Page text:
Nigeria is in the lull of a recession and many commentators have urged that the economy be “diversified”, a view so obvious as to render it asinine to repeat. It is time the conversation evolved past the “to” and shift to the “how” and the “by whom”. And as a society we would do well to realise that it is better to diversify the producers, rather than focusing on some amorphous “economy” and restricting the consideration of “diversity” to a matter of sectors. In a sense, just as Margaret Thatcher famously saying that there is no such thing as “society”, there is no “economy”- just men and women (and sometimes children) managing the resources of a country to produce products or services. The “Invisible Hand” as Adam Smith, the seminal economist, referred to it.
Consequently, it is futile to focus on outputs such as how many senators are women or not, while giving short shrift to the feeder systems and processes by which senators and CEOs emerge. Equality is best assured in the access to institutions and thus the opportunities, and not in the outcomes. Regulate the inputs and the outputs will be more uniform. For instance, Obinna Ukwani, a social entrepreneur, is working on a Science, Technology, Engineering and Math (STEM) high school in Nigeria, which would be first of its kind, and has resolved to take in an equal number of male and female high- achieving students yearly. At this point in the history of our species, women have more than proven that their mettle extends light years beyond merely tipping kettles, and that their abilities and ambitions should not be restricted or subordinated in any way shape or form relative to that of men.
Back to Art X, Sunday’s penultimate panel discussion was about cultural entrepreneurship and featured a fascinating discussion moderated by Tokini Peterside. The afore- mentioned Bolanle Austen-Peters, was joined by Mo Abudu, a talk show and movie producer, and Reni Folwaiyo, the patron of Lagos’s Alara, a sumptuous space for Afrophiles and African aesthetes.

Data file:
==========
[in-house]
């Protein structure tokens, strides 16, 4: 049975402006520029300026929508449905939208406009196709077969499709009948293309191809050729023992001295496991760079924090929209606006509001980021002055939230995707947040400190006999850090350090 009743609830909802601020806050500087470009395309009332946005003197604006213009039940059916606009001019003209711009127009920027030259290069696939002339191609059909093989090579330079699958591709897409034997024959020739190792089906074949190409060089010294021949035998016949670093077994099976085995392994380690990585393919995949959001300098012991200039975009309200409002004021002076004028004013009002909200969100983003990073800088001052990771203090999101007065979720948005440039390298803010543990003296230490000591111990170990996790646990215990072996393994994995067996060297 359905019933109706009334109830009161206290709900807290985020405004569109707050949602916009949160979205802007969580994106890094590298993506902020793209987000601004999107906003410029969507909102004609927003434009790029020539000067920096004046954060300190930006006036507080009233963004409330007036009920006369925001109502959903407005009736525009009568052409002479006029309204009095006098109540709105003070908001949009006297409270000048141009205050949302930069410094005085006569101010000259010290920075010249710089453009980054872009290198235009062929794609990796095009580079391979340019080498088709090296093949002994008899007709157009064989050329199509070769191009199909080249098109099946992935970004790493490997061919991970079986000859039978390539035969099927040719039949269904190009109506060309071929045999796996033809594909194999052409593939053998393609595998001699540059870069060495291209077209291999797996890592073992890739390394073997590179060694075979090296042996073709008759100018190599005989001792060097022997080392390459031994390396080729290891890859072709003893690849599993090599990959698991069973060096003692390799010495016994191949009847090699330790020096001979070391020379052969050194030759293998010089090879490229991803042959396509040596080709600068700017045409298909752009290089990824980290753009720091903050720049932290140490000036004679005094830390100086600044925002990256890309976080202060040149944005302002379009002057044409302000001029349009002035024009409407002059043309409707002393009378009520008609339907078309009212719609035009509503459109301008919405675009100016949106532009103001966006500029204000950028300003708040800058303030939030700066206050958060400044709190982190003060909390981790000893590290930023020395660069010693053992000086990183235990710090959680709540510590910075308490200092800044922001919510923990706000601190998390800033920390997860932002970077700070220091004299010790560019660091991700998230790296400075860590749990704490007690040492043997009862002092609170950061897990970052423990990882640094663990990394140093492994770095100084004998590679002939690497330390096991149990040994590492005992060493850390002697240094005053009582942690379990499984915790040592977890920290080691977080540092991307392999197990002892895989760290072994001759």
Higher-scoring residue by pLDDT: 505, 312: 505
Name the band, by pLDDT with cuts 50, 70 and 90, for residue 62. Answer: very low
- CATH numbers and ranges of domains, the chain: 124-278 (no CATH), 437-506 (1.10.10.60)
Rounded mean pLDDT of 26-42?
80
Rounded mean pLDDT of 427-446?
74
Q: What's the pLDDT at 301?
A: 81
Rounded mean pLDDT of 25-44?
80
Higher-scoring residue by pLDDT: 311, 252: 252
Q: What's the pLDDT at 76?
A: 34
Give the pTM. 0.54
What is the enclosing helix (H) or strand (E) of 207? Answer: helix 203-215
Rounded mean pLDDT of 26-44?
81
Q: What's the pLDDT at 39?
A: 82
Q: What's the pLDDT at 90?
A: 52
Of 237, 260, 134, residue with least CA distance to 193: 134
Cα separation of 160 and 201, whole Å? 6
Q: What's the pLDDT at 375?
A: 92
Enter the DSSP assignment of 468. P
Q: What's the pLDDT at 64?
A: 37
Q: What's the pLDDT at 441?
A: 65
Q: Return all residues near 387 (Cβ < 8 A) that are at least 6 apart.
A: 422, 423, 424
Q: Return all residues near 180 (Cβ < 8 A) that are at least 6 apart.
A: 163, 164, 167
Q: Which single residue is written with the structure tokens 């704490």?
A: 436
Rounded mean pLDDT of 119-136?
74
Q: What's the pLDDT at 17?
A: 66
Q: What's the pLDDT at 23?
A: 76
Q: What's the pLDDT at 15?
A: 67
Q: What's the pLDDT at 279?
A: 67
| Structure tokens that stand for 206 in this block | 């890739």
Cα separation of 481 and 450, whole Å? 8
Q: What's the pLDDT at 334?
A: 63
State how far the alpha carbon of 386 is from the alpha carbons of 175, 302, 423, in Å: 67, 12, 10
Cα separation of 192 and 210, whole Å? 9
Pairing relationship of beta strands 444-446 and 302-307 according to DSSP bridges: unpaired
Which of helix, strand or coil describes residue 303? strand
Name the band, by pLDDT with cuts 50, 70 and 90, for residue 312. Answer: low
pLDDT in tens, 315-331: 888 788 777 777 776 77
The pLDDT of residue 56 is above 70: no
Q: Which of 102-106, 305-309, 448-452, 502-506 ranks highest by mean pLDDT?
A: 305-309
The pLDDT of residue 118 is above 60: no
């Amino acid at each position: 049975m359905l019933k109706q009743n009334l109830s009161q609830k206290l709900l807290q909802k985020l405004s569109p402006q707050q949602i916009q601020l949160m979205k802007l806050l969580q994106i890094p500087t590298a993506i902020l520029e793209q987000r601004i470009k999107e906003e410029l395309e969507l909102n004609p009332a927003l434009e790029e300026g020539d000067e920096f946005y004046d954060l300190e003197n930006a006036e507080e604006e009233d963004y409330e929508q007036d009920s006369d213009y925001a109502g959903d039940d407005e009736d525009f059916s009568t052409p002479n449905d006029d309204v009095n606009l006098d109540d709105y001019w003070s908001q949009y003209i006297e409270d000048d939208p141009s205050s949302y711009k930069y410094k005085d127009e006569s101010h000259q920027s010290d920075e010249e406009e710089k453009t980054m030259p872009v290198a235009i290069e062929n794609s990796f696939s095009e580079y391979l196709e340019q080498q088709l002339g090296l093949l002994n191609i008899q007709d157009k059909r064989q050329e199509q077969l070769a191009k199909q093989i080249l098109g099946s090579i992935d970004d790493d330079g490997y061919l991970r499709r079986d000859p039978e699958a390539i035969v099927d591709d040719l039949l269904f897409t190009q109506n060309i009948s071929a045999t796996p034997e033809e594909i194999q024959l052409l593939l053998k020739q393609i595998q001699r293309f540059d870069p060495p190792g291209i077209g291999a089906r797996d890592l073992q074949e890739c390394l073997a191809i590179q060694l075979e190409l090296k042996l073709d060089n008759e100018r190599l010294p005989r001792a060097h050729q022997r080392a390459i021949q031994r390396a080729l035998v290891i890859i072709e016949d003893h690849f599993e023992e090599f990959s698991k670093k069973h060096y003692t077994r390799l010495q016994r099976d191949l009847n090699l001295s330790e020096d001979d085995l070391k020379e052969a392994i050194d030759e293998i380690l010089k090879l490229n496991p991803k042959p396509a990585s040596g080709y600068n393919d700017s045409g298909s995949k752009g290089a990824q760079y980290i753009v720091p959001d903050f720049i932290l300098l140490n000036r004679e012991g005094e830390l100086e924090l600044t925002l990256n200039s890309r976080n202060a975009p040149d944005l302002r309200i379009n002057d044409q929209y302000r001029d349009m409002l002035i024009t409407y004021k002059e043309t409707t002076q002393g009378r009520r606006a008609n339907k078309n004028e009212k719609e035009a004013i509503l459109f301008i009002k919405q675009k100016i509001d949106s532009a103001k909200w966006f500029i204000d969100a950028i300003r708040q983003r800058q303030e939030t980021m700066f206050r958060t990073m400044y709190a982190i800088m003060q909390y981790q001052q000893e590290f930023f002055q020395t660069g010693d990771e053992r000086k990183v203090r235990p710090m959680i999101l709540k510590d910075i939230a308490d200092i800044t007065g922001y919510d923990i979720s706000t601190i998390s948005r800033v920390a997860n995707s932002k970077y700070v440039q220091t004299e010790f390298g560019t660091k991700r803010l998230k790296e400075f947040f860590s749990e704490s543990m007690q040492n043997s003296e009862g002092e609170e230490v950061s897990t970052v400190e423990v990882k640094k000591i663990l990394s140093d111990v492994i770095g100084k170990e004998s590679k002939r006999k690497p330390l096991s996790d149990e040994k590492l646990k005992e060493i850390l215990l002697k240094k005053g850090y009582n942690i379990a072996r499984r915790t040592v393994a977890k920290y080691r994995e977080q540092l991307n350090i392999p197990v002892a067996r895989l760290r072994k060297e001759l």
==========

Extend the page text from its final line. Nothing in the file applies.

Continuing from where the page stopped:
As a man listening to learn, I found Tokini’s Peterside’s line of questioning insightful and thought provoking. Her questions sought to excavate the experiences of the panellists as women who are entrepreneurs, and entrepreneurs who happen to be women, as well as their experiences as cultural entrepreneurs. Of particular resonance was an intriguing and compelling duality expressed: wanting to succeed “despite” that they were women (given societal attitudes on what women should aspire to) and at the same time, ‘because’ they were women (drawing a particular strength from the authority and potency of their gender).
It was clear that these women seek neither support from men, nor their imprimatur, and less still, their tokenism nor validation. And that this is exactly at it ought to be. What they ask is for people (be they men or women) to get out of their way, and stay there, without cause to apologize or be repudiated for this ask. And to let their efforts, energy and aspirations determine how they fare and where they end up. As said Reni Folawiyo, at a crucial point, “I don’t want to sell shoes, I want to rule the world.”
And why should anyone, other than herself, be able to stop her?